SOMETIMES, I get accused of playing hero when I go public with issues. The accusations stem from the notion that I supposedly do not go through official channels to resolve matters and that I’m only interested in the publicity that the issue generates.
Are such accusations true? Perhaps the best way to answer this is with a story of what happens when I try using official channels to resolve issues.
Billboard site inspections
In January 2009, I was asked to inspect proposed billboard sites with Petaling Jaya City Council (MBPJ) technical officers and a billboard company representative.
The request came via phone, and I was made to understand that councillors participating in these site visits were part of a sub-committee known as the billboard site-inspection committee. One such visit, which was done the following month, was reported by theSun‘s Terrence Fernandez.
Being relatively new to the job then, I did not suspect anything amiss and went for two such site visits. It was only when I started learning more about how council proceedings worked that I realised the so-called billboard site-inspection committee was suspect.
Despite checking through meeting minutes, I could find no record that a billboard site-inspection sub-committee was officially formed. The records only show that a billboard sub-committee was agreed on in October 2008. Councillor Derek Fernandez was listed as chairperson but there was no mention of who the committee members were.
It was after I discovered this that I declined further invitations to conduct site visits and argued about the committee’s legality in mid-2009.
I was then told that the reason the committee did not need to be officially established was that councillors were meant to voluntarily conduct these site visits.
My insistence that this was improper led to the formation of an official billboard site-inspection sub-committee with the members clearly named. I declined to be part of this committee.
In October 2009, however, I received a RM300 cheque as payment for the two site visits I conducted. I returned the cheque and queried why the council was paying me when the site visits, prior to the sub-committee’s official formation, were supposedly voluntary.
The long wait
After waiting four months for a reply, I sent out a reminder in February this year that I was still waiting for an answer to my previous letter.
Deputy Mayor Puasa Md Taib replied a month later, with a new cheque attached since the first one had expired. He stated that there was nothing wrong with the payment because I was considered a member of the billboard sub-committee “formed” in October 2008, which essentially had the mandate to conduct such site visits.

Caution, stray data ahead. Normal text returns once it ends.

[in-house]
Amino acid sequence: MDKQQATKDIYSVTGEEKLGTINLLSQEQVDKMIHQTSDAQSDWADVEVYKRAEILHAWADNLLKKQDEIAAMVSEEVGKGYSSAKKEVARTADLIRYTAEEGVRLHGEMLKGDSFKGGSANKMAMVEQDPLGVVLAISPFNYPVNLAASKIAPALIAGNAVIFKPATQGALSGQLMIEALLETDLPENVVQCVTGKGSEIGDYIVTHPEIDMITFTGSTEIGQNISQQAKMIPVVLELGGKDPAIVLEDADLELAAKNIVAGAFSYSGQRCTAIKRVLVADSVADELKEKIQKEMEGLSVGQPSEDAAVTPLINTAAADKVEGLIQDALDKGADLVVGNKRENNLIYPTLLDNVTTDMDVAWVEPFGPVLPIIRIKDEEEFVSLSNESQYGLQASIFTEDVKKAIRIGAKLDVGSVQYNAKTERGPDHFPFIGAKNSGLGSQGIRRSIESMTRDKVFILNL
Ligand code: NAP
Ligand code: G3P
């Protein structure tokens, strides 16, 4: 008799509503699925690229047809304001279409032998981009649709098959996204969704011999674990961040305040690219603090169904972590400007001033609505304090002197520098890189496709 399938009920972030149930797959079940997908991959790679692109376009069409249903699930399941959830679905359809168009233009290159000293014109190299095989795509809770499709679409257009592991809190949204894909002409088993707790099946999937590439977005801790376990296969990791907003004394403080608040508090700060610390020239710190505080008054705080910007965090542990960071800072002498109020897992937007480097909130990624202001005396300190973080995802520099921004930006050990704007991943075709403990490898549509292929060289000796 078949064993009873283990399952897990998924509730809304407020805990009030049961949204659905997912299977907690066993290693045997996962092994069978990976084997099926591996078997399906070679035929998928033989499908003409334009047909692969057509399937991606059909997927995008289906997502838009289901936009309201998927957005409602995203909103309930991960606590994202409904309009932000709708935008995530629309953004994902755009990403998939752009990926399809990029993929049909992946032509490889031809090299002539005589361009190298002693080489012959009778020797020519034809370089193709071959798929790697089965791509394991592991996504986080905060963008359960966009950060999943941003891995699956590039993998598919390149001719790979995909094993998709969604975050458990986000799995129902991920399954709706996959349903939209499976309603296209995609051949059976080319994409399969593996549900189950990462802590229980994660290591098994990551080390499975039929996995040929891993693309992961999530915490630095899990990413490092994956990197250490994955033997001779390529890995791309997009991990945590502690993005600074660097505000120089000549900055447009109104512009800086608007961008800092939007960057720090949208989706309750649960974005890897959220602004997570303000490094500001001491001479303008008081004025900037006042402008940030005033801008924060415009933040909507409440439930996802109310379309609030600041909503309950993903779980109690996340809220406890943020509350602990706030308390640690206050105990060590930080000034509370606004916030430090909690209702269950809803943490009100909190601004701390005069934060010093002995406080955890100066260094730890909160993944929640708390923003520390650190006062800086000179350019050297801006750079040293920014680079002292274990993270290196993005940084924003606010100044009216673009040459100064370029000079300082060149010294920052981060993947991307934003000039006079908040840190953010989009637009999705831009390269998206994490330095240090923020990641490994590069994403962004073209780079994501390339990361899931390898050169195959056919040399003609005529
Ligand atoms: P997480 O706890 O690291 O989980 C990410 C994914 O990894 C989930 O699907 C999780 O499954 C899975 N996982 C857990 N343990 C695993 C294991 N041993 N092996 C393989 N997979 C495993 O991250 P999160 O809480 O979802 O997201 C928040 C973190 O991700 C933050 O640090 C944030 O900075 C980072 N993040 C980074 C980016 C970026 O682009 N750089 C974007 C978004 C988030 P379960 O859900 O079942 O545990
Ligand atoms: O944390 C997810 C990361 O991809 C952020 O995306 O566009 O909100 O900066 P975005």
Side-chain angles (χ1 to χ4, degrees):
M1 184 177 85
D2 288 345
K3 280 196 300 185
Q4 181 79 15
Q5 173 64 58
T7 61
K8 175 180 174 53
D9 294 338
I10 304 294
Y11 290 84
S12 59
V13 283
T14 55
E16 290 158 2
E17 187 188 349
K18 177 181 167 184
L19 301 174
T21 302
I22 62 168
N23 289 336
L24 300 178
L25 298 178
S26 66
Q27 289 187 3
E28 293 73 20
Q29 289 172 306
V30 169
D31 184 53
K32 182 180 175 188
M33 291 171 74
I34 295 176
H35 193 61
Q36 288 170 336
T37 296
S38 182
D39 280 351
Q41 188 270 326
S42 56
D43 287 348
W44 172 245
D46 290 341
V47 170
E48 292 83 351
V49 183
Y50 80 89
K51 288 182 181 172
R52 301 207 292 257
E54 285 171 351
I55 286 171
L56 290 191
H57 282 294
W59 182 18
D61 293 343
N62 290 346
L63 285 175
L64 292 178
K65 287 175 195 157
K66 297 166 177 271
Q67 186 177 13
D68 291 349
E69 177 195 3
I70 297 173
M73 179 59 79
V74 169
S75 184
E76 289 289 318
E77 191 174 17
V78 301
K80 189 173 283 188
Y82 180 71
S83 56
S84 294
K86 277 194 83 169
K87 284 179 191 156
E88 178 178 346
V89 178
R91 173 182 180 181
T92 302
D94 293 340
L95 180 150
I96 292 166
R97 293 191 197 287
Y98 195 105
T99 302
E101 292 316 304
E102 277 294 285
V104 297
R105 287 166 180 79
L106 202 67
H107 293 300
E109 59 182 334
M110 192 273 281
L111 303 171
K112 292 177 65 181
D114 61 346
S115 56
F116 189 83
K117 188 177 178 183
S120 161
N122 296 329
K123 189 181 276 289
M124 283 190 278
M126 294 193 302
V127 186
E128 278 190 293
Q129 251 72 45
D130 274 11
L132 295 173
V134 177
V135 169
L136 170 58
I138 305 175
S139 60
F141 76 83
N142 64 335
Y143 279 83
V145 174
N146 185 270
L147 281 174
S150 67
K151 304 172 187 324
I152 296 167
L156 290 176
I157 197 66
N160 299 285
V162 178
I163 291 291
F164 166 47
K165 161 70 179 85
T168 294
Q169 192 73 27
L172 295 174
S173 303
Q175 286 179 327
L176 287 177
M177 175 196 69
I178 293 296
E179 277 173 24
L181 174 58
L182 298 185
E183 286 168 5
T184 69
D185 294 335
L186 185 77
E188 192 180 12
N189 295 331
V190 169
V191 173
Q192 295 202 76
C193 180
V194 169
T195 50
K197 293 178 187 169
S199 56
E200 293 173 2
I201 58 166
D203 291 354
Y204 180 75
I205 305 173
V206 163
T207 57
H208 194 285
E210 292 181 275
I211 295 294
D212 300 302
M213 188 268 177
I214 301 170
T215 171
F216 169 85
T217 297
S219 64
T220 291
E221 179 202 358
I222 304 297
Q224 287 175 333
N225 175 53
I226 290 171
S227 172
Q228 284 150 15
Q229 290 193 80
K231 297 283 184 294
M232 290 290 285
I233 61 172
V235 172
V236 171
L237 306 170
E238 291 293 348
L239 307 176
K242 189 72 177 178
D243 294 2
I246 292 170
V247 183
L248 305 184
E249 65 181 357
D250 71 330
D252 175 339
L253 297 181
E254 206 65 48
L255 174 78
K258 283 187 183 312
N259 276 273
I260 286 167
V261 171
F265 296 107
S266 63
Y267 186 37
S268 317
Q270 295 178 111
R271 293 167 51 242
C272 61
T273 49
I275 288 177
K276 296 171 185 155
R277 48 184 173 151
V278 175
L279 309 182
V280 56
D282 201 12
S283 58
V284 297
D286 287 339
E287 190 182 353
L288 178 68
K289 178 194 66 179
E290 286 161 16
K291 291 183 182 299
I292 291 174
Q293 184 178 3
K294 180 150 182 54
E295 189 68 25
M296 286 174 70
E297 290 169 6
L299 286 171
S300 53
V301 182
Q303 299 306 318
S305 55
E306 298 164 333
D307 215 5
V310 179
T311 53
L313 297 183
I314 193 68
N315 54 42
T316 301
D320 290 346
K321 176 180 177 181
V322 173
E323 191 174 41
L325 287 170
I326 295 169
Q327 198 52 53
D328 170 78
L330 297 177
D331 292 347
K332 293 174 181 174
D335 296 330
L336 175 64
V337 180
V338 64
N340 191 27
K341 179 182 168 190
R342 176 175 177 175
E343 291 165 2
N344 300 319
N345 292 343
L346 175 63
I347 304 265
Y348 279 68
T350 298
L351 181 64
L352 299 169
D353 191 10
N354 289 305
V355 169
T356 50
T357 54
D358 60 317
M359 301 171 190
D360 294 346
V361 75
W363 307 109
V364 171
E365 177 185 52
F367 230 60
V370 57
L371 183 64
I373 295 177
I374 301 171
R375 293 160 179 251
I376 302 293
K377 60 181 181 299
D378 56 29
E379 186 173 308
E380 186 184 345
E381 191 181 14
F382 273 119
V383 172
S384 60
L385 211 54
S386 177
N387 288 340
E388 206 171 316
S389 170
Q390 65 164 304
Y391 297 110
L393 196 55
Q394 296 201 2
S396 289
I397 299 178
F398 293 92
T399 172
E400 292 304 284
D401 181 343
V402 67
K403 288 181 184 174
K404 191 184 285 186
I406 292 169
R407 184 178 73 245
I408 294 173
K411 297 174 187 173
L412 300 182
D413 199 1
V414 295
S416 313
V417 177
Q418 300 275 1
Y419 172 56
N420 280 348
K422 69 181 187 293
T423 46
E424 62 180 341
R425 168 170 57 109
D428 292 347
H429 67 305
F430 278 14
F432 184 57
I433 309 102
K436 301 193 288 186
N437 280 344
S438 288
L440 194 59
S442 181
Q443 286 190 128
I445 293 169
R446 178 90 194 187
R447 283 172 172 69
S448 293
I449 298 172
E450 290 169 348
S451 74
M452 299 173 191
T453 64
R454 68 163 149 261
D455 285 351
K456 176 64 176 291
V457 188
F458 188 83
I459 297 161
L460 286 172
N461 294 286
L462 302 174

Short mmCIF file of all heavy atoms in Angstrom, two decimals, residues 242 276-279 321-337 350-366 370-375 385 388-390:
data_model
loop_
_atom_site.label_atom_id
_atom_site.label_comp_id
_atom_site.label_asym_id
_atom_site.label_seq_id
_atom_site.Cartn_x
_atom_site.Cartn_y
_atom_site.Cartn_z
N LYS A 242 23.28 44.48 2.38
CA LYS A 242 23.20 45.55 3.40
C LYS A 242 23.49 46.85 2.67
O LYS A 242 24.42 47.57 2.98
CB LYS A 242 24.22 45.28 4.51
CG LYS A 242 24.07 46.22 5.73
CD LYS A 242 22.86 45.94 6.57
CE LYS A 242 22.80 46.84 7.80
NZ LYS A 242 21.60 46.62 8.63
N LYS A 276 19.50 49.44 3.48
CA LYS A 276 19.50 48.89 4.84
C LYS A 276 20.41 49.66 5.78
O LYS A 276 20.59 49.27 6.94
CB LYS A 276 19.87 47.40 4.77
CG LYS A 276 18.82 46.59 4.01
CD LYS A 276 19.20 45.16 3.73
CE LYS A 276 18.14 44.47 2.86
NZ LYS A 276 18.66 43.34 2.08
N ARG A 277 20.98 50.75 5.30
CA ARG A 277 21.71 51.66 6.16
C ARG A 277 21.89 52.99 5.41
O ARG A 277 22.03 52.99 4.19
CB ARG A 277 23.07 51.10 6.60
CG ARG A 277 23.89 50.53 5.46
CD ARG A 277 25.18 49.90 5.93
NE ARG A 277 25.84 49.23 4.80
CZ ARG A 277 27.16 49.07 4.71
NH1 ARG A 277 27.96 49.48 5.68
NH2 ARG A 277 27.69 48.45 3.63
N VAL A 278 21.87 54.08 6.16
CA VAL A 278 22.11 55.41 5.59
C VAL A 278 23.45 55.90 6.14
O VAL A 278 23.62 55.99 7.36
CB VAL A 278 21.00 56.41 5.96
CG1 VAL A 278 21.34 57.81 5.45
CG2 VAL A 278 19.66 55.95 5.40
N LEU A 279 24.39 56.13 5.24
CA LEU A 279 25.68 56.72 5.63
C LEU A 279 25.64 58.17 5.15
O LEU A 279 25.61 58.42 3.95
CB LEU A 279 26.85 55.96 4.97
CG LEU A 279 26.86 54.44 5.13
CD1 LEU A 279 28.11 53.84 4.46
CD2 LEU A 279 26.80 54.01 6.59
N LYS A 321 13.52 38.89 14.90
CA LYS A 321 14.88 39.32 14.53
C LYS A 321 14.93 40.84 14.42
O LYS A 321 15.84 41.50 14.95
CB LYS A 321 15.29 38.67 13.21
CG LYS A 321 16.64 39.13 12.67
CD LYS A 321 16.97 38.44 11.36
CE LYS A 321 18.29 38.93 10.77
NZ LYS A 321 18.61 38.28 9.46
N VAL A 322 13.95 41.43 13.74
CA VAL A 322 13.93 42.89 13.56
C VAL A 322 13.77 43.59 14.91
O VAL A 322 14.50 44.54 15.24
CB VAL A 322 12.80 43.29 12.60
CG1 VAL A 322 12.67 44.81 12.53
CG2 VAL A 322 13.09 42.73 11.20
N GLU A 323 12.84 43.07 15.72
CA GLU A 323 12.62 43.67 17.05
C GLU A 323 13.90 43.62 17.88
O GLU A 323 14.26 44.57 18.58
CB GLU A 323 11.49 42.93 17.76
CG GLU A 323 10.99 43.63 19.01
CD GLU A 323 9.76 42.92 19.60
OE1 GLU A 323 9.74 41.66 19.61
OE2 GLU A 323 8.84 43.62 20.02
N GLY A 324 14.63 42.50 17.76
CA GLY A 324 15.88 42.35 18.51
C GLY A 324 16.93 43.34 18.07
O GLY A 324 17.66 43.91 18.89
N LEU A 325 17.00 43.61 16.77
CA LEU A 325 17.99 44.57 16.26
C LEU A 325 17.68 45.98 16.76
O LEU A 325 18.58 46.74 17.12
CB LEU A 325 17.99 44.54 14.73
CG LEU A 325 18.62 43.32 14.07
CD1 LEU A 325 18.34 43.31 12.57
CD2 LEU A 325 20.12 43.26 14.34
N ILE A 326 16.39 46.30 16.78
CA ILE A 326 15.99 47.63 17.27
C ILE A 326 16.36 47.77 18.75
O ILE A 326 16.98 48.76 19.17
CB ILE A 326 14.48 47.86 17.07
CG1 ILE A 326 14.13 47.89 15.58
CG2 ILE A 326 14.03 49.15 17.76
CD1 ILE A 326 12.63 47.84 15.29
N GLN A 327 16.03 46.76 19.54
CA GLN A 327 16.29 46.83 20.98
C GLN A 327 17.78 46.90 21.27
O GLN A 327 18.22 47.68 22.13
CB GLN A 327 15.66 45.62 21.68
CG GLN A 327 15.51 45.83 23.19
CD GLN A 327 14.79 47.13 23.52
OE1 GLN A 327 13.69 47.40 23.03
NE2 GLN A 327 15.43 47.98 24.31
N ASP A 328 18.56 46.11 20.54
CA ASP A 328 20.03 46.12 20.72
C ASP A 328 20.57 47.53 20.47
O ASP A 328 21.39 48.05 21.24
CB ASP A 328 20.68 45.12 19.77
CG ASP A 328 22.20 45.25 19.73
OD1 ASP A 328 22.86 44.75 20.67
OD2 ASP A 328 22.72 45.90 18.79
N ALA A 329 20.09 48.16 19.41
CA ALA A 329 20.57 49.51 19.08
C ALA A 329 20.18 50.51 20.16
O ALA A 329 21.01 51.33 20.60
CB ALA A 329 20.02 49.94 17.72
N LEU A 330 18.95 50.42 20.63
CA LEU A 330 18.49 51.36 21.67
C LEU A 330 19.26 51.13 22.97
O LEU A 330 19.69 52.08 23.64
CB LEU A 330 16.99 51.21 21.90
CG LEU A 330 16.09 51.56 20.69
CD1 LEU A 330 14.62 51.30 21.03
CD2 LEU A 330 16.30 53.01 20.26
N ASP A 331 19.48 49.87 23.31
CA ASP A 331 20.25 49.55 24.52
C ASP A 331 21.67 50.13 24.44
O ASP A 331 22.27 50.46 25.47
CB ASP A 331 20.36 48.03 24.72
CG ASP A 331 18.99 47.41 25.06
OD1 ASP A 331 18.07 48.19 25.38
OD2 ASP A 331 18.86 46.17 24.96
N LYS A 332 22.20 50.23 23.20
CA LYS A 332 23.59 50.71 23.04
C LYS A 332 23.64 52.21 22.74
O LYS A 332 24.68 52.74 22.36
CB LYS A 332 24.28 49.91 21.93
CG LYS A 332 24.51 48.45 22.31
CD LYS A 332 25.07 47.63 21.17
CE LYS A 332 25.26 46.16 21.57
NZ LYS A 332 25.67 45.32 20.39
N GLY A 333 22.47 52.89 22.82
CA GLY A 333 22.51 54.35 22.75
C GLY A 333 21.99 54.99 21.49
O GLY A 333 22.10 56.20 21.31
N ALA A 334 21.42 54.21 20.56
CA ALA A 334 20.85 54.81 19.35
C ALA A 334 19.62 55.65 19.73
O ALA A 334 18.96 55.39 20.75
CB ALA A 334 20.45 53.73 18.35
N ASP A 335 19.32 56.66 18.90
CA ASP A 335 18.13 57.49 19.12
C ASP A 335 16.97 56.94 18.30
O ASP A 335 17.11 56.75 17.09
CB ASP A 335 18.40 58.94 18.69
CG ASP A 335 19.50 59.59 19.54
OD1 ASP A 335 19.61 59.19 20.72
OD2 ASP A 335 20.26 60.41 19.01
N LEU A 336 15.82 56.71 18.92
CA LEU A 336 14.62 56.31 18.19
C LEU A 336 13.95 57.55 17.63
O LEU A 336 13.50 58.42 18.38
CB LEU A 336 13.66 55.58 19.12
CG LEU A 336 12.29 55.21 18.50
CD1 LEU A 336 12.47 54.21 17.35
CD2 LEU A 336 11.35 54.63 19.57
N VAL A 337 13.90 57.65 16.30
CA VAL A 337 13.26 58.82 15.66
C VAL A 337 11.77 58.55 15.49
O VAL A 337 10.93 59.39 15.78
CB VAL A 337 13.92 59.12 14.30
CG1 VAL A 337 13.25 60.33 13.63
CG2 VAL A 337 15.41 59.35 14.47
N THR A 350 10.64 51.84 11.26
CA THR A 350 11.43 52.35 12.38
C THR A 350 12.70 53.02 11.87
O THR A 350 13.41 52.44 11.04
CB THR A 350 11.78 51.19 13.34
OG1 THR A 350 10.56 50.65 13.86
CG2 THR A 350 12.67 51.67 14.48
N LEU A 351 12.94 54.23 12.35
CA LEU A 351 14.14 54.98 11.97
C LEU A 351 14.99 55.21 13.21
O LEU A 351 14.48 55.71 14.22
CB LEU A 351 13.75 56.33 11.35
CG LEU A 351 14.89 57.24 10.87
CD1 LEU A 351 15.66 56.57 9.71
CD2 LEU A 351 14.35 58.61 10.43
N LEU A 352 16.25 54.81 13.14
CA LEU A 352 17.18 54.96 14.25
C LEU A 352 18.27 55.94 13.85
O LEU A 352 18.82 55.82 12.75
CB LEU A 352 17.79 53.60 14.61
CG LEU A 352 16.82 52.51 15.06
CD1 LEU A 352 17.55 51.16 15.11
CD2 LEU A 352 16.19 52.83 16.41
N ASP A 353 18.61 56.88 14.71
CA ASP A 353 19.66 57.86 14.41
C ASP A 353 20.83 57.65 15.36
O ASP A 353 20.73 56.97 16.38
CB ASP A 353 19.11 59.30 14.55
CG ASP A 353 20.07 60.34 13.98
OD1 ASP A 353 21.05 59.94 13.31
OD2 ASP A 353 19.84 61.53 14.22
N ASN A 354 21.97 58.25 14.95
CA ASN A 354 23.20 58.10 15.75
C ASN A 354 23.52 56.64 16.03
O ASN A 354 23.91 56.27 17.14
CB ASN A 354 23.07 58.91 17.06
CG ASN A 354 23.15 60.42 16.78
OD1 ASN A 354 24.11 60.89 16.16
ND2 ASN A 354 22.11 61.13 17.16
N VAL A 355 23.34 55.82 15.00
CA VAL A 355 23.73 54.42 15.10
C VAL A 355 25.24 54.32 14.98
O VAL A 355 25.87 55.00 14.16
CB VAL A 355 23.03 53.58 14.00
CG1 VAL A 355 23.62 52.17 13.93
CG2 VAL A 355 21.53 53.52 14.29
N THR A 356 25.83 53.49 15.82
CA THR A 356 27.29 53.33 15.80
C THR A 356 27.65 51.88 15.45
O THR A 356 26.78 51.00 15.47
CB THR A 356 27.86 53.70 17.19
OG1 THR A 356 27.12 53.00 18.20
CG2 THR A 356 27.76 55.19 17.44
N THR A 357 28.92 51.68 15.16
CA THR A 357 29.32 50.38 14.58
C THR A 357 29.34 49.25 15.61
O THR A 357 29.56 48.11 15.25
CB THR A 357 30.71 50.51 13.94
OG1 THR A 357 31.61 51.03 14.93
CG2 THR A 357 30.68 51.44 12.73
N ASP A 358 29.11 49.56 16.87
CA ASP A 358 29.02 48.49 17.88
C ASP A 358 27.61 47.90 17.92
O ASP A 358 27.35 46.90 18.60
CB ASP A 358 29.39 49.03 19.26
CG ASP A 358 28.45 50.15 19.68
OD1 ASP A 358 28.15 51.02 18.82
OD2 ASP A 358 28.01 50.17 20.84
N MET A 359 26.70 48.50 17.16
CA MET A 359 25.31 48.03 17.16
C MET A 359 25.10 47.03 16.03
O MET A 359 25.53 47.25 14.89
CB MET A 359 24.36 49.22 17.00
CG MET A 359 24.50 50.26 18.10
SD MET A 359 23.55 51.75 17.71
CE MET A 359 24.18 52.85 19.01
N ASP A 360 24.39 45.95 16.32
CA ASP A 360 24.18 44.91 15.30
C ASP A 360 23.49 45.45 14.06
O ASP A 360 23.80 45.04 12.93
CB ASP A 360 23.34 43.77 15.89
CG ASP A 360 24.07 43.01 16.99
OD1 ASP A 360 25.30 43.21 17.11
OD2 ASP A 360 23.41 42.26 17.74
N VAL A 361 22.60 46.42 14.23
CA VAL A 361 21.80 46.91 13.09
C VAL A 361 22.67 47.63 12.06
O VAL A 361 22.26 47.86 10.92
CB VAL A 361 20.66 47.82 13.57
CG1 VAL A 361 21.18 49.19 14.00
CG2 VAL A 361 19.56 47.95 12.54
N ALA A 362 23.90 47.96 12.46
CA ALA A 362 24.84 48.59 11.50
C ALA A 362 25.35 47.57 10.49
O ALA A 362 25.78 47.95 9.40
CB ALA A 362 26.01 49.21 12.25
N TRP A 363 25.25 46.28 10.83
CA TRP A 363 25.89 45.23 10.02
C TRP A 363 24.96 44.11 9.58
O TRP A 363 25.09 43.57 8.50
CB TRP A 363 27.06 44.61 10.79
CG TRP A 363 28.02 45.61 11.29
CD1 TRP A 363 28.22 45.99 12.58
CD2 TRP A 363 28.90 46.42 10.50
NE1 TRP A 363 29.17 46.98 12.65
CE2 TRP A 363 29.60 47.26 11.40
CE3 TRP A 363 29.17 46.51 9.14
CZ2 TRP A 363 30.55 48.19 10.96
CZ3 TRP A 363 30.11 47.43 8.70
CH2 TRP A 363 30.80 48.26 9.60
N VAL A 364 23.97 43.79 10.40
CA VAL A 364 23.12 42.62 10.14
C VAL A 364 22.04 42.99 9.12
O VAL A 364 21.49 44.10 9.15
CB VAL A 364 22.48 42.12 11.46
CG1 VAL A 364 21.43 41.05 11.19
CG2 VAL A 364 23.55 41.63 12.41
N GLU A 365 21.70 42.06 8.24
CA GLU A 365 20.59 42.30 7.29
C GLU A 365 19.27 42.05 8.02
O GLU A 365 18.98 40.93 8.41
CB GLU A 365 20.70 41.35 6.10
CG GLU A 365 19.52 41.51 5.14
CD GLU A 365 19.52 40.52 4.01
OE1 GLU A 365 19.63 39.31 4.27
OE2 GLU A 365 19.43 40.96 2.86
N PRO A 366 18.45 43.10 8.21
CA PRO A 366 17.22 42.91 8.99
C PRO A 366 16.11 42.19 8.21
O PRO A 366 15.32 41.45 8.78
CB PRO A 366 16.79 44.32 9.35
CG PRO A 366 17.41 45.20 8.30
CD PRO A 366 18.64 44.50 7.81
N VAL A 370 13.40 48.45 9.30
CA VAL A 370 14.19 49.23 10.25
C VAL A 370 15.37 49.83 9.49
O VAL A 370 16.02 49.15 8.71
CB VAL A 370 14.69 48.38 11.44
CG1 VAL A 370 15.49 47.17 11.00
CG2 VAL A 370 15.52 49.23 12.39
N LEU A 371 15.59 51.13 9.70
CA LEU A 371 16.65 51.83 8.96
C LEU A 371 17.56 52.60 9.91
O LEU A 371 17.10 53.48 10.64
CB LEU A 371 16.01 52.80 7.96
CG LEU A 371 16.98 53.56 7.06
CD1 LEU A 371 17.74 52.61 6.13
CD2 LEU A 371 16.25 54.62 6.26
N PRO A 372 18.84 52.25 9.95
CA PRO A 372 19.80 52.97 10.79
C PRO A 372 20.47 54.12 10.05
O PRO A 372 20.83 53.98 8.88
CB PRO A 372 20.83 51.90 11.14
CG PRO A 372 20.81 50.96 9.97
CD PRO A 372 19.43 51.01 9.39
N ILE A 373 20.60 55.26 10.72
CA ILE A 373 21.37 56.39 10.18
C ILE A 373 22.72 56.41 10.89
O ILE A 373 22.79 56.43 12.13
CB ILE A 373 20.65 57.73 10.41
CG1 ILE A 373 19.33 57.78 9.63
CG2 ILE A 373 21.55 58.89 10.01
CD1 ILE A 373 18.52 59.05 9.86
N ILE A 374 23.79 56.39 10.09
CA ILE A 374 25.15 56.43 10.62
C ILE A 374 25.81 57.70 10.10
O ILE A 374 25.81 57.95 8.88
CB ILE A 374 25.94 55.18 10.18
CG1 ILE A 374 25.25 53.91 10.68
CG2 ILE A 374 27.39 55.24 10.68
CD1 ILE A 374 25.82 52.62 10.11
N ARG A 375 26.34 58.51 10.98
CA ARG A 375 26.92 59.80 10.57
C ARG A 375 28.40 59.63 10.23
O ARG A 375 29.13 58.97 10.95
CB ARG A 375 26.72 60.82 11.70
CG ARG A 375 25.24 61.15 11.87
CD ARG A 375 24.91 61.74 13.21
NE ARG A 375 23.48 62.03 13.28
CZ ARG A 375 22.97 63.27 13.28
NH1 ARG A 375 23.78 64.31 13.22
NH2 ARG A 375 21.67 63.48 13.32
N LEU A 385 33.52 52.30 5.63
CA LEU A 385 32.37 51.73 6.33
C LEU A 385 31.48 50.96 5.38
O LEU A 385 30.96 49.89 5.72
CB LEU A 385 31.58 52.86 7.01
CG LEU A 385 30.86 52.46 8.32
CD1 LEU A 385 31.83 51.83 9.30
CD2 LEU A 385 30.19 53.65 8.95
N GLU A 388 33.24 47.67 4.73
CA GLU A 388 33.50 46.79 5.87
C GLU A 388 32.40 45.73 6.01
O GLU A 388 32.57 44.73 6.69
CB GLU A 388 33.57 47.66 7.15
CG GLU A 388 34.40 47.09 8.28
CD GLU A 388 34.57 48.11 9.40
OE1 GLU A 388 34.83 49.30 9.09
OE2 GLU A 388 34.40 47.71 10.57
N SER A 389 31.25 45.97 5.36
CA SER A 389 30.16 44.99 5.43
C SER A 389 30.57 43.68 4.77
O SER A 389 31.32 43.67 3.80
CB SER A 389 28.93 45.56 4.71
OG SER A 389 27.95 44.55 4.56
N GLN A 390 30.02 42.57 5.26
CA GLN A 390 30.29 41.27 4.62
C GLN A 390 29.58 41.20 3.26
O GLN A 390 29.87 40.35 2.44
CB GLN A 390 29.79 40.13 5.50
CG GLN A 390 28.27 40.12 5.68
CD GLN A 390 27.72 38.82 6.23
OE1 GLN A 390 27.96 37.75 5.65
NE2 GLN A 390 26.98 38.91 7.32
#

I once again returned the cheque. This time, I stated in very clear terms that I was never part of the billboard sub-committee, was never invited to any of the meetings, and never received any of the meeting minutes from this sub-committee.
I also asked for evidence that stated where and when I was appointed into this committee and for all the billboard sub-committee meeting minutes as my attendance or absence would be recorded if I had indeed been part of this committee.
This time, I was given documents pertaining to the site inspection visits I conducted back in 2009. I replied that my request was for the billboard sub-committee meeting minutes of 2008 and not documentary evidence of our site inspections.
There was no response again for months.
Alas, tired of the wait, I formally requested for the meeting minutes at the MBPJ full board meeting in July 2010.
With my request now out in the open, the officers took three weeks to give me two CDs that contained the video recording for two public hearings on billboards that were conducted in late 2008. Again, this documentation was not what I had asked for.
I went back to the MBPJ full board in August and said I wanted the meeting minutes while brandishing all the letters I had written on the matter.
It was then that the former MBPJ town planning department director Sharipah Marhani Syed Ali revealed that there were no minutes for the 2008 meetings.
It is evident that more questions remain unanswered each time I get an official response. Clearly, there is no assurance that a satisfactory official response is ever forthcoming, or even a response in many cases. Hence following up month after month becomes an exercise in perseverance and/or futility.
I tell this story not because I want a public answer to my question about the billboard site-inspection sub-committee and the use of rate-payer’s money to pay councillors for “voluntary” work in an unofficial committee. I tell this story in response to critics who think that going public about an issue is about playing hero.
MBPJ councillor KW Mak loves comic book superheroes. He would like to be like Superman but that, like his critics’ jabs about him, is just wishful thinking.